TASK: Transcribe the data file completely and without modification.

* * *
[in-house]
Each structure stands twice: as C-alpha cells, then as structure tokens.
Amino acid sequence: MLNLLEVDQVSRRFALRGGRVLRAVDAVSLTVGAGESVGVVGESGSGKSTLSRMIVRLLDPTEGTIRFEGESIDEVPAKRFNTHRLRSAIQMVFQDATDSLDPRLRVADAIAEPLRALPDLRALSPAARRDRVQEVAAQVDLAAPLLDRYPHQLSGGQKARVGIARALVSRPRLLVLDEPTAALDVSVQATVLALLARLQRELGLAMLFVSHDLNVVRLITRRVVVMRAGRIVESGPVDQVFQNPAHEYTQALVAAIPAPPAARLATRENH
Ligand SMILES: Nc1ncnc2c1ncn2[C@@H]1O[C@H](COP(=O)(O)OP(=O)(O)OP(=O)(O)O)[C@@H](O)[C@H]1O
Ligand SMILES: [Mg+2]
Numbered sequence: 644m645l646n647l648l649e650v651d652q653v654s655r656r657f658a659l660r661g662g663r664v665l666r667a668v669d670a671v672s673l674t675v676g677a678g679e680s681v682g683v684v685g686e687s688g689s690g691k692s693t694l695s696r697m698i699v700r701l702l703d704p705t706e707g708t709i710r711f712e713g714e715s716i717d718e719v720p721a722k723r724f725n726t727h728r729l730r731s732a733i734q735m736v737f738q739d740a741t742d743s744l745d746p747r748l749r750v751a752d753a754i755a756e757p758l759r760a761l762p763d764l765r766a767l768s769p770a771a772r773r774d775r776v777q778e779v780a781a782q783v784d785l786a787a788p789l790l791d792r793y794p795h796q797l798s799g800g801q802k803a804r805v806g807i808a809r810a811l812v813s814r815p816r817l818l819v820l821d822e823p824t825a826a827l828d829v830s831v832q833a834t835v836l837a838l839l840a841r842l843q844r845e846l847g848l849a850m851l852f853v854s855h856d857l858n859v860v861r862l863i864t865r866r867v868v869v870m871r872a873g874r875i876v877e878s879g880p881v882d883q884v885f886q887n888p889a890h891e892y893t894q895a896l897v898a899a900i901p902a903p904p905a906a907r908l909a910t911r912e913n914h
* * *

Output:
[in-house]
Each structure stands twice: as C-alpha cells, then as structure tokens.
Amino acid sequence: MLNLLEVDQVSRRFALRGGRVLRAVDAVSLTVGAGESVGVVGESGSGKSTLSRMIVRLLDPTEGTIRFEGESIDEVPAKRFNTHRLRSAIQMVFQDATDSLDPRLRVADAIAEPLRALPDLRALSPAARRDRVQEVAAQVDLAAPLLDRYPHQLSGGQKARVGIARALVSRPRLLVLDEPTAALDVSVQATVLALLARLQRELGLAMLFVSHDLNVVRLITRRVVVMRAGRIVESGPVDQVFQNPAHEYTQALVAAIPAPPAARLATRENH
Ligand SMILES: Nc1ncnc2c1ncn2[C@@H]1O[C@H](COP(=O)(O)OP(=O)(O)OP(=O)(O)O)[C@@H](O)[C@H]1O
Ligand SMILES: [Mg+2]
Numbered sequence: 644m645l646n647l648l649e650v651d652q653v654s655r656r657f658a659l660r661g662g663r664v665l666r667a668v669d670a671v672s673l674t675v676g677a678g679e680s681v682g683v684v685g686e687s688g689s690g691k692s693t694l695s696r697m698i699v700r701l702l703d704p705t706e707g708t709i710r711f712e713g714e715s716i717d718e719v720p721a722k723r724f725n726t727h728r729l730r731s732a733i734q735m736v737f738q739d740a741t742d743s744l745d746p747r748l749r750v751a752d753a754i755a756e757p758l759r760a761l762p763d764l765r766a767l768s769p770a771a772r773r774d775r776v777q778e779v780a781a782q783v784d785l786a787a788p789l790l791d792r793y794p795h796q797l798s799g800g801q802k803a804r805v806g807i808a809r810a811l812v813s814r815p816r817l818l819v820l821d822e823p824t825a826a827l828d829v830s831v832q833a834t835v836l837a838l839l840a841r842l843q844r845e846l847g848l849a850m851l852f853v854s855h856d857l858n859v860v861r862l863i864t865r866r867v868v869v870m871r872a873g874r875i876v877e878s879g880p881v882d883q884v885f886q887n888p889a890h891e892y893t894q895a896l897v898a899a900i901p902a903p904p905a906a907r908l909a910t911r912e913n914h